Self doubt is crippling.
Self doubt is worse than the exterior voices of criticism, because self doubt steals your dreams before you even get started chasing them. Before you take the first step towards your goal, self doubt tells you that it's too far away, so you retract your foot from making that first step and stay put. We all deal with the crippling effects of that tiny voice in the back of your head. It tells you you can't. You're not enough. You aren't worthy.
I have that voice. This is what it tells me:
You are a perfectionist. You are a do-it-all. You are a failure. You have too much anxiety. You are a bad dog-mom. You are not enough. You don't do enough. You are too inflexible. You are not an author. You'll never write a book. You are not not an artist. You'll never create work worthy of being exhibited. You don't work enough. You are a bad wife. You don't work hard enough. You are lazy. You are a bad friend. You are too angry. You are a free loader. You can't do it all. You are too selfish to ever become a mother. You can't stand on your own two feet. You are a fake. You are a flake. You are a disappointment. You are a jack of all trades, master of none. You are mediocre. You are un-exceptional.
Regardless of what you want to do or what dream you want to go for, when the self-doubt starts to creep in and the familiar reel of insults come whispering in your mind from that dark place where self-doubt hides, you start to become small. You curl up, you retract the hand that was reaching for that goal you momentarily thought you could attain.
Where does it come from? Why does self doubt even exist? In some ways you may have a propensity towards self doubt. I know that my personality type tends towards neurosis, so I'm always going to be more self-critical than other people who are not as neurotic. But regardless of psychological predispositions, our self-doubt voice is often fed and triggered by the voices of others. You remember, vividly, the words that cut you most deeply. They're written, like petroglyphs, on the surface of your heart, forever inscribed. They become inserted into the reel of self-doubt that plays in your mind. A teacher told you you'd never graduate, a girl told you you were ugly, a boy broke your heart and made you believe you were unworthy. You're too this, not enough that. The voices come rushing in.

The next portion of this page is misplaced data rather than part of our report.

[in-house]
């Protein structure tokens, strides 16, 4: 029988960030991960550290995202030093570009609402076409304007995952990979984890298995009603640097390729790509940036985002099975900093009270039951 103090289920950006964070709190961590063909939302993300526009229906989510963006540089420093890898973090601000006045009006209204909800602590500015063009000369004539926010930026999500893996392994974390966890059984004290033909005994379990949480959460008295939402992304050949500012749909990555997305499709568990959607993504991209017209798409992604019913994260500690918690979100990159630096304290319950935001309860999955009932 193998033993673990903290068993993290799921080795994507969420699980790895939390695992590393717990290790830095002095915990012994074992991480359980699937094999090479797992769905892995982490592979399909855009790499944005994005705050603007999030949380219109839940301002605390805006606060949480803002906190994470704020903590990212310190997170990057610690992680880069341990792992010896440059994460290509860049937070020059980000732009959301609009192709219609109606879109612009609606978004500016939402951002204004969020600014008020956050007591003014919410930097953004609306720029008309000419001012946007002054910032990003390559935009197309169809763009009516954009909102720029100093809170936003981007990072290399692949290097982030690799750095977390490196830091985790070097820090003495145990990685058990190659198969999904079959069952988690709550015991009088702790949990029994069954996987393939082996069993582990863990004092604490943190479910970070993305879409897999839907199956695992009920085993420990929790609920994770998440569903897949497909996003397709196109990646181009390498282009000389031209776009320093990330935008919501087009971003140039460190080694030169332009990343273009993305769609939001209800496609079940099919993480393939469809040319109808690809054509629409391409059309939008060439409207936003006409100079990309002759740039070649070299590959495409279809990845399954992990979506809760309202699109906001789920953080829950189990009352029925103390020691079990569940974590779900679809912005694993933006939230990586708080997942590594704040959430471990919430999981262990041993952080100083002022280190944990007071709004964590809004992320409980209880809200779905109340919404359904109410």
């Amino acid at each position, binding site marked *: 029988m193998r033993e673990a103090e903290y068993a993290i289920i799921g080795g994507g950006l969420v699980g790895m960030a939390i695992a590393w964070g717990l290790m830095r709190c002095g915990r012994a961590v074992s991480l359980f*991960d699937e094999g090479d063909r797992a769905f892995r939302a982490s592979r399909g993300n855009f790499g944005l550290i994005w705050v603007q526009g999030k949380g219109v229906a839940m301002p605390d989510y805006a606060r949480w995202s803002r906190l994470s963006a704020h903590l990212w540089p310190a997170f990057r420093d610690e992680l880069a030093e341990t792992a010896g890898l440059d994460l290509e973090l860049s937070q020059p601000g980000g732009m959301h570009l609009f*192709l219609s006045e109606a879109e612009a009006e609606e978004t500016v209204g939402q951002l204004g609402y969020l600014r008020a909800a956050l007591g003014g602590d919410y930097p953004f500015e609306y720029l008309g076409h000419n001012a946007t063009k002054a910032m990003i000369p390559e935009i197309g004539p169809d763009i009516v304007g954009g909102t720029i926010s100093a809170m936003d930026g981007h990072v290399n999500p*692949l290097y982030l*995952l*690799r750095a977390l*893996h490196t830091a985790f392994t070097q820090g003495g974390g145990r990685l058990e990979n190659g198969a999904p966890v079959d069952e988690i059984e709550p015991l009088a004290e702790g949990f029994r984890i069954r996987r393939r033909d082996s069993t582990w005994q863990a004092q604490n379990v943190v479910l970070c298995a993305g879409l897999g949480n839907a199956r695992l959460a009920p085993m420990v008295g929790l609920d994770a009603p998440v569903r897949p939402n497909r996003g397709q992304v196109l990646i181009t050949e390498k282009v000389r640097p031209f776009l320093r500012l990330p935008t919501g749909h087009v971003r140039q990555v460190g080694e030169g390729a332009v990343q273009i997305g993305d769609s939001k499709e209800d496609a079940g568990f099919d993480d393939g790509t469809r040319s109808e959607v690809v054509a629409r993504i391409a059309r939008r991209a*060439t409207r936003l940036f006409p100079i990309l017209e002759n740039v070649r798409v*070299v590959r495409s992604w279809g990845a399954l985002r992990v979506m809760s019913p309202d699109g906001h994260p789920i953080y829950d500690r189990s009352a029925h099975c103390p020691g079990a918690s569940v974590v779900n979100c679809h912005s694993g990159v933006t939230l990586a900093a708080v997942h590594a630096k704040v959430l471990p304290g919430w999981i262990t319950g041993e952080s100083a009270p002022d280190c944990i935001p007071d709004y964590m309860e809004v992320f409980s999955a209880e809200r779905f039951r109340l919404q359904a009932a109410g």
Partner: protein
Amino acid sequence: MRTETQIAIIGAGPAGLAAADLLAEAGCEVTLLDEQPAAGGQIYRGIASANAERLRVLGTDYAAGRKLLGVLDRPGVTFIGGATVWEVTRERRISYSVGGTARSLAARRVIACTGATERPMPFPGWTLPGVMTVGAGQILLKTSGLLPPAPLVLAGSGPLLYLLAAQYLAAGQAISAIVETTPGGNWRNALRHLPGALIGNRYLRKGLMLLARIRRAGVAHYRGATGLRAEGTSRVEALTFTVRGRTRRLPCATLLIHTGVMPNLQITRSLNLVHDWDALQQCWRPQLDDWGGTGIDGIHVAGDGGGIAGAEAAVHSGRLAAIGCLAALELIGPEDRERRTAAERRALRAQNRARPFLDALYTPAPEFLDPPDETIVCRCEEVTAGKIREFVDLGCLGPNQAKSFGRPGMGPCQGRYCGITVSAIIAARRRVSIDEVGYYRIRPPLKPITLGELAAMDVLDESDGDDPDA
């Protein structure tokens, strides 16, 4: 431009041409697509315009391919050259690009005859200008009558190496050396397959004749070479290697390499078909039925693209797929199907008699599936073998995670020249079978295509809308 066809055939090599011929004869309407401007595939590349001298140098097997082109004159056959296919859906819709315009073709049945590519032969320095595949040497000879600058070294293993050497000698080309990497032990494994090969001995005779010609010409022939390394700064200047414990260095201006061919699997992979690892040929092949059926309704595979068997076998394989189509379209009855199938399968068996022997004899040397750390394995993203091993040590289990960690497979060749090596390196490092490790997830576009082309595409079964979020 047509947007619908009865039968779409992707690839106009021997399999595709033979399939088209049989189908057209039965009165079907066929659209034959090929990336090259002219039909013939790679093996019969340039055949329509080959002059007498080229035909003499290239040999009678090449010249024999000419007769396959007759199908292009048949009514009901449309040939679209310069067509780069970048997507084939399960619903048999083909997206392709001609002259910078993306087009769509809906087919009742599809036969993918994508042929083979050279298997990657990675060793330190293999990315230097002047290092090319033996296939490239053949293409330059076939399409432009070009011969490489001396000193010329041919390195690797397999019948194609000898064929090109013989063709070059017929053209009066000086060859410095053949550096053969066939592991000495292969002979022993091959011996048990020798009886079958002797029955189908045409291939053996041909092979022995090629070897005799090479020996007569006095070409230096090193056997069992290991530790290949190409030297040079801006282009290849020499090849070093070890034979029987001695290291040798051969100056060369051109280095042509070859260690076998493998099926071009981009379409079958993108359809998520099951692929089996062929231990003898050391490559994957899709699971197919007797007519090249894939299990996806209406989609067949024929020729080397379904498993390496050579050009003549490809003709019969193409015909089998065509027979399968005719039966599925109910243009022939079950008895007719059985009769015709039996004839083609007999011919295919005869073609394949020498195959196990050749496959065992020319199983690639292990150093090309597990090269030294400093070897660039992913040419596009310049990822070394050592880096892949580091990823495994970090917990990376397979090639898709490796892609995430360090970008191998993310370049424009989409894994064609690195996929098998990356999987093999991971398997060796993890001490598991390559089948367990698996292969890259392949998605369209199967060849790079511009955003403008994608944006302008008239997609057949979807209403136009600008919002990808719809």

When I was younger these voices were few and far between. I experienced very few mean, rude, or critical voices, so the few lines in my self-doubt reel were pretty self induced. But then: the internet. The internet is full of voices, it's entirely composed of voices, opinions, screaming to be noticed. Voices of hope, pain, anger, joy, rage, justice, peace, hate. There's no filter to the voices. There no gatekeeper to police which voices can chime in. Many hide behind the veil of anonymity, too ashamed of their own voices to own up to the sentiment embodied in the sentences typed out, black letters on white, seared into their recipients' heart. With all our lives broadcast on the internet, whether just on facebook, or on facebook, twitter, instagram, maybe on a blog, maybe on message boards or forums, we're suddenly thrust into an ocean of voices.